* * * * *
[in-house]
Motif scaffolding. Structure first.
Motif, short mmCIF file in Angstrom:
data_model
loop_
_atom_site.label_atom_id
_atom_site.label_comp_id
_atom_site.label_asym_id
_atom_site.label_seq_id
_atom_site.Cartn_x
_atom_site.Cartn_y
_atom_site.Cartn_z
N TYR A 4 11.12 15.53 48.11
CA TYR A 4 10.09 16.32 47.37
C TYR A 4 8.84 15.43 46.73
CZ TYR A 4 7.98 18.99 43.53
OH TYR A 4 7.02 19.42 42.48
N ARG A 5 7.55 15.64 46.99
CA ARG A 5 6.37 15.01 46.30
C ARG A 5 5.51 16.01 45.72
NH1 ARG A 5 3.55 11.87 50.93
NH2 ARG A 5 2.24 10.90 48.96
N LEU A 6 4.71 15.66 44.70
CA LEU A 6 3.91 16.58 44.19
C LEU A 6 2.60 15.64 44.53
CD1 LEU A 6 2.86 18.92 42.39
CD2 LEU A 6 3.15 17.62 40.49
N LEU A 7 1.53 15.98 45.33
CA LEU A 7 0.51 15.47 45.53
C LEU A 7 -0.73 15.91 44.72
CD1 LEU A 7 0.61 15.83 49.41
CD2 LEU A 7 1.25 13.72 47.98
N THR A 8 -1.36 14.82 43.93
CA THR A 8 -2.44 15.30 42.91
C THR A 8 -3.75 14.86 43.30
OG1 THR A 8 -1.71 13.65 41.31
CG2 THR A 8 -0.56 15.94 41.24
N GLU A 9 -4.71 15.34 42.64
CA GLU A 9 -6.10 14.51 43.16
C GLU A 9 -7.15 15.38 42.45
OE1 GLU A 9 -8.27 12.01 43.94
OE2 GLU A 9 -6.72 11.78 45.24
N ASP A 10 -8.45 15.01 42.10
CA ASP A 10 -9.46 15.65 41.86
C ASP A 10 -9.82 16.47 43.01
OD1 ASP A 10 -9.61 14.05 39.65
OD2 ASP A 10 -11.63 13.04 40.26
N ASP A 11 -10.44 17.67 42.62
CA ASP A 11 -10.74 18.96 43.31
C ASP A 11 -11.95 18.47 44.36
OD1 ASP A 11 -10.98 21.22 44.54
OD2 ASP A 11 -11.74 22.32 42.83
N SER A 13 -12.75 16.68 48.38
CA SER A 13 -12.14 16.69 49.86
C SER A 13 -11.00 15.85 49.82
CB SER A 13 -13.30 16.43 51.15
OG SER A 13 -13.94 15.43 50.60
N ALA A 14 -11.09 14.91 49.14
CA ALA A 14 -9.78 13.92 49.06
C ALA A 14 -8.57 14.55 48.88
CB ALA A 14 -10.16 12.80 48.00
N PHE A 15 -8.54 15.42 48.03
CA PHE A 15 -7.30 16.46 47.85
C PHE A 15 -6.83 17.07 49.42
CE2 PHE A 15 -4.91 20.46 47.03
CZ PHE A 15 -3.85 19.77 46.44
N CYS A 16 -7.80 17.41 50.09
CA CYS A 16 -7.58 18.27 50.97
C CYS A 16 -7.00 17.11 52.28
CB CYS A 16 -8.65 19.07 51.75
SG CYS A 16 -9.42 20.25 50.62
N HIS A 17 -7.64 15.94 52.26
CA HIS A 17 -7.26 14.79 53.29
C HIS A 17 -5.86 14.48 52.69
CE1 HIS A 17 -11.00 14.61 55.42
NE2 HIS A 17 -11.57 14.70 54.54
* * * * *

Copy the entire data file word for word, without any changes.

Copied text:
[in-house]
Motif scaffolding. Structure first.
Motif, short mmCIF file in Angstrom:
data_model
loop_
_atom_site.label_atom_id
_atom_site.label_comp_id
_atom_site.label_asym_id
_atom_site.label_seq_id
_atom_site.Cartn_x
_atom_site.Cartn_y
_atom_site.Cartn_z
N TYR A 4 11.12 15.53 48.11
CA TYR A 4 10.09 16.32 47.37
C TYR A 4 8.84 15.43 46.73
CZ TYR A 4 7.98 18.99 43.53
OH TYR A 4 7.02 19.42 42.48
N ARG A 5 7.55 15.64 46.99
CA ARG A 5 6.37 15.01 46.30
C ARG A 5 5.51 16.01 45.72
NH1 ARG A 5 3.55 11.87 50.93
NH2 ARG A 5 2.24 10.90 48.96
N LEU A 6 4.71 15.66 44.70
CA LEU A 6 3.91 16.58 44.19
C LEU A 6 2.60 15.64 44.53
CD1 LEU A 6 2.86 18.92 42.39
CD2 LEU A 6 3.15 17.62 40.49
N LEU A 7 1.53 15.98 45.33
CA LEU A 7 0.51 15.47 45.53
C LEU A 7 -0.73 15.91 44.72
CD1 LEU A 7 0.61 15.83 49.41
CD2 LEU A 7 1.25 13.72 47.98
N THR A 8 -1.36 14.82 43.93
CA THR A 8 -2.44 15.30 42.91
C THR A 8 -3.75 14.86 43.30
OG1 THR A 8 -1.71 13.65 41.31
CG2 THR A 8 -0.56 15.94 41.24
N GLU A 9 -4.71 15.34 42.64
CA GLU A 9 -6.10 14.51 43.16
C GLU A 9 -7.15 15.38 42.45
OE1 GLU A 9 -8.27 12.01 43.94
OE2 GLU A 9 -6.72 11.78 45.24
N ASP A 10 -8.45 15.01 42.10
CA ASP A 10 -9.46 15.65 41.86
C ASP A 10 -9.82 16.47 43.01
OD1 ASP A 10 -9.61 14.05 39.65
OD2 ASP A 10 -11.63 13.04 40.26
N ASP A 11 -10.44 17.67 42.62
CA ASP A 11 -10.74 18.96 43.31
C ASP A 11 -11.95 18.47 44.36
OD1 ASP A 11 -10.98 21.22 44.54
OD2 ASP A 11 -11.74 22.32 42.83
N SER A 13 -12.75 16.68 48.38
CA SER A 13 -12.14 16.69 49.86
C SER A 13 -11.00 15.85 49.82
CB SER A 13 -13.30 16.43 51.15
OG SER A 13 -13.94 15.43 50.60
N ALA A 14 -11.09 14.91 49.14
CA ALA A 14 -9.78 13.92 49.06
C ALA A 14 -8.57 14.55 48.88
CB ALA A 14 -10.16 12.80 48.00
N PHE A 15 -8.54 15.42 48.03
CA PHE A 15 -7.30 16.46 47.85
C PHE A 15 -6.83 17.07 49.42
CE2 PHE A 15 -4.91 20.46 47.03
CZ PHE A 15 -3.85 19.77 46.44
N CYS A 16 -7.80 17.41 50.09
CA CYS A 16 -7.58 18.27 50.97
C CYS A 16 -7.00 17.11 52.28
CB CYS A 16 -8.65 19.07 51.75
SG CYS A 16 -9.42 20.25 50.62
N HIS A 17 -7.64 15.94 52.26
CA HIS A 17 -7.26 14.79 53.29
C HIS A 17 -5.86 14.48 52.69
CE1 HIS A 17 -11.00 14.61 55.42
NE2 HIS A 17 -11.57 14.70 54.54